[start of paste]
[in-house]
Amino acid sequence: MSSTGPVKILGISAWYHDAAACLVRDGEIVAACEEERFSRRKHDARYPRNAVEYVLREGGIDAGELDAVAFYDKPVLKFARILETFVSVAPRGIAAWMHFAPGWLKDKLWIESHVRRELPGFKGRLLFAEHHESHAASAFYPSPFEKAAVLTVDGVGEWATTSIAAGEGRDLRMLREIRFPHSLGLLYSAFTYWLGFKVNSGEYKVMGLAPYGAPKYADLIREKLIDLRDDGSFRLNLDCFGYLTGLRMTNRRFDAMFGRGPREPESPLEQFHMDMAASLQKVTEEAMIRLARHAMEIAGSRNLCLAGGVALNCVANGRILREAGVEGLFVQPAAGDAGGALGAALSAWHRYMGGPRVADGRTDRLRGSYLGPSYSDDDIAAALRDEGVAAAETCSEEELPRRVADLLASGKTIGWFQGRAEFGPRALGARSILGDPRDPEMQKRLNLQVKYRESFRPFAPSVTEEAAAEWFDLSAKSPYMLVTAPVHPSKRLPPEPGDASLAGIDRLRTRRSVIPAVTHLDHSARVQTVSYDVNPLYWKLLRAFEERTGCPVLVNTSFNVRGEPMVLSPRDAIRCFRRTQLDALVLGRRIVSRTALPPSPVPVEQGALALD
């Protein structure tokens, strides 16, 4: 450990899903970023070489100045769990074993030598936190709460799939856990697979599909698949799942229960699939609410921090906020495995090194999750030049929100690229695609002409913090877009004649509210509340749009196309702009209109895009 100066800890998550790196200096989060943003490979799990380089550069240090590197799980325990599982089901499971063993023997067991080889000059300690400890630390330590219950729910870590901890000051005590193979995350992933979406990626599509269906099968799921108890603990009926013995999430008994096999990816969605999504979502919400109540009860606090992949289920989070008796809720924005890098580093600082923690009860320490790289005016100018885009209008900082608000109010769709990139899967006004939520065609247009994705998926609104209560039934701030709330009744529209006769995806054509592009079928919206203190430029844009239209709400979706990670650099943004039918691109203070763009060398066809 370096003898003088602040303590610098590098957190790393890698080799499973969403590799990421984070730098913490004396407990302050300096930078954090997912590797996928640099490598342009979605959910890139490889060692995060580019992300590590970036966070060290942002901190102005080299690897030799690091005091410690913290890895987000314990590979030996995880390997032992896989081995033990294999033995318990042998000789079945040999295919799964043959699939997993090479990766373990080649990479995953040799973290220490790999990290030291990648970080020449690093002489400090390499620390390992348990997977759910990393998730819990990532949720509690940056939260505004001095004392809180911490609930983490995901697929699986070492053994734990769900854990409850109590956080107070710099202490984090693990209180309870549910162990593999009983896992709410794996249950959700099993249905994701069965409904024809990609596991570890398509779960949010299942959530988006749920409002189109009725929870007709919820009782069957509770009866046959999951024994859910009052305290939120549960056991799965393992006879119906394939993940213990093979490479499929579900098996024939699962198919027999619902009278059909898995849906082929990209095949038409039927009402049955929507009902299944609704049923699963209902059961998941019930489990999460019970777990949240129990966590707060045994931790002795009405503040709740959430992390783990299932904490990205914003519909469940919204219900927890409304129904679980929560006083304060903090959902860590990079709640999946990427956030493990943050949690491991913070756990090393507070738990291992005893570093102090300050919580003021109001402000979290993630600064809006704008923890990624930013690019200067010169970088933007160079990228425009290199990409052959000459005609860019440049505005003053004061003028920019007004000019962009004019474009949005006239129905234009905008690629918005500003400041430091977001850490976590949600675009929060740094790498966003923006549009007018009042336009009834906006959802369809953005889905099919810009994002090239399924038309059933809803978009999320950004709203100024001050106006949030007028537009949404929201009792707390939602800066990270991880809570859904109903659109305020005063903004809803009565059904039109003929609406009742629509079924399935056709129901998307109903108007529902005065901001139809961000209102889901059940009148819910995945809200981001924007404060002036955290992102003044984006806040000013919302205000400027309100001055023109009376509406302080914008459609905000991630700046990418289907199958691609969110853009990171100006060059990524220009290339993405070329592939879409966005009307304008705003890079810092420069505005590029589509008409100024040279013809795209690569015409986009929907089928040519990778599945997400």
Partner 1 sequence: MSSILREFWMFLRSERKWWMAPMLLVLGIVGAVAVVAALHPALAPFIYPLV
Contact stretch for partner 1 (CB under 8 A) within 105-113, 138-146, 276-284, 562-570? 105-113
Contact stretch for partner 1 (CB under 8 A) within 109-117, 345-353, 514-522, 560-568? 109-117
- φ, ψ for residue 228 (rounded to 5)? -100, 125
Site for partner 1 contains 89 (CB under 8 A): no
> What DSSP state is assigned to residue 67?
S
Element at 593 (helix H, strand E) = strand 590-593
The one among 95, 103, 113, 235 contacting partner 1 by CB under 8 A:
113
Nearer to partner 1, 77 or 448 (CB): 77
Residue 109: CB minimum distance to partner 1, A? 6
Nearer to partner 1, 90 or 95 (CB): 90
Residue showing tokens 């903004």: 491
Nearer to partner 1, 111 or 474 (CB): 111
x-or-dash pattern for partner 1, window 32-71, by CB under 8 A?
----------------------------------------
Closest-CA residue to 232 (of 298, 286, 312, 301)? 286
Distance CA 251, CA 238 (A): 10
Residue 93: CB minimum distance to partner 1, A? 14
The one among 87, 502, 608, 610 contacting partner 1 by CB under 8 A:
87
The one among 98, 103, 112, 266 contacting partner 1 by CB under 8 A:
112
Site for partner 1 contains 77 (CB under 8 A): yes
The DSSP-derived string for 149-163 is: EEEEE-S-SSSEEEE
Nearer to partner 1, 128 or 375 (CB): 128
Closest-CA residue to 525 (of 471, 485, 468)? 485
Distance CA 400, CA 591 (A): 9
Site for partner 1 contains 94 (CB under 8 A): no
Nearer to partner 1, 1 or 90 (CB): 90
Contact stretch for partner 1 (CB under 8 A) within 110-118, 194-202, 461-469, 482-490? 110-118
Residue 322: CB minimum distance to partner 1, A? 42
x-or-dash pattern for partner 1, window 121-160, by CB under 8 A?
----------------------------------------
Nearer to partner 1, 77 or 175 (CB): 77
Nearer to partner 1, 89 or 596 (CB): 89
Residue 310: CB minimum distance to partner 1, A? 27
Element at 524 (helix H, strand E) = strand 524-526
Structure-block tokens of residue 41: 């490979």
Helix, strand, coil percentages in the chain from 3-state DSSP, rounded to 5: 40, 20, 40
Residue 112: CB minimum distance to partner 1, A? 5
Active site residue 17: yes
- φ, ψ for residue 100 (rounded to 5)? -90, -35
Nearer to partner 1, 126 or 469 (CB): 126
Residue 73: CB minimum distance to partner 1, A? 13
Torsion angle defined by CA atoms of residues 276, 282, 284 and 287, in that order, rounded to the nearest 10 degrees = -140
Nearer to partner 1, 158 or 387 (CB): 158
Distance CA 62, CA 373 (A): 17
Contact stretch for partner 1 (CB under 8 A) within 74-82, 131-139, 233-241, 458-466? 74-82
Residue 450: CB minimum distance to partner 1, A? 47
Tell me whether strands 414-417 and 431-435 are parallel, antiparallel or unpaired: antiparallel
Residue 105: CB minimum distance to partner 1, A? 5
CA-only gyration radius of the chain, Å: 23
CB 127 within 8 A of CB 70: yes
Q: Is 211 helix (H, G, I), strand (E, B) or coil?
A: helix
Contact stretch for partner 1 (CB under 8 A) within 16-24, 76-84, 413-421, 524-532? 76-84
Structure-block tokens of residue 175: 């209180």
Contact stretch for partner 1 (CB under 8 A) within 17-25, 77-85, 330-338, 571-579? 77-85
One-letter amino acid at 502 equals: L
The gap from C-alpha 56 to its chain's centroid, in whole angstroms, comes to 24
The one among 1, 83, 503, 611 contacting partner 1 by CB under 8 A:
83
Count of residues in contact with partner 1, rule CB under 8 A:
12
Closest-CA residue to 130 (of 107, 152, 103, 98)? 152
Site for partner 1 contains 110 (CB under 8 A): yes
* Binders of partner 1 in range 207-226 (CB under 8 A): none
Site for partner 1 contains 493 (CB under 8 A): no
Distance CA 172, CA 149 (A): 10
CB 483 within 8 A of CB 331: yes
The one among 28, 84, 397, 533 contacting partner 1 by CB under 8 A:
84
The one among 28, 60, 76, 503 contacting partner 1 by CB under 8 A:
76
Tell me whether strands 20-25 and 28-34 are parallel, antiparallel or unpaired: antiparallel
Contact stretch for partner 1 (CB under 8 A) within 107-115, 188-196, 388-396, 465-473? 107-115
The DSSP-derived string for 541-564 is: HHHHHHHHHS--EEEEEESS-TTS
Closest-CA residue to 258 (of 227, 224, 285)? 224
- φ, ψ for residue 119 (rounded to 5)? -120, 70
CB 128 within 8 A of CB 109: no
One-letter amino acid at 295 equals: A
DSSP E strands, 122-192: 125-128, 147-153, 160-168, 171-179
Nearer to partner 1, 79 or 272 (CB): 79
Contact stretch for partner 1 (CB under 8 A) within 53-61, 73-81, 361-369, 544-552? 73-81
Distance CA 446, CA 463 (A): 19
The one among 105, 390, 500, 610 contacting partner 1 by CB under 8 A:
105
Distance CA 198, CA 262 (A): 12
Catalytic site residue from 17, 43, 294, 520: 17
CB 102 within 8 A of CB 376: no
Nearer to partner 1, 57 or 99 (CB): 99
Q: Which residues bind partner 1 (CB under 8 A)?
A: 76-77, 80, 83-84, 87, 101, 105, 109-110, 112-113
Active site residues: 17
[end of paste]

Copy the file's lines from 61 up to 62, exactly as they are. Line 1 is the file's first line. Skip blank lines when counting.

Contact stretch for partner 1 (CB under 8 A) within 16-24, 76-84, 413-421, 524-532? 76-84
Structure-block tokens of residue 175: 């209180």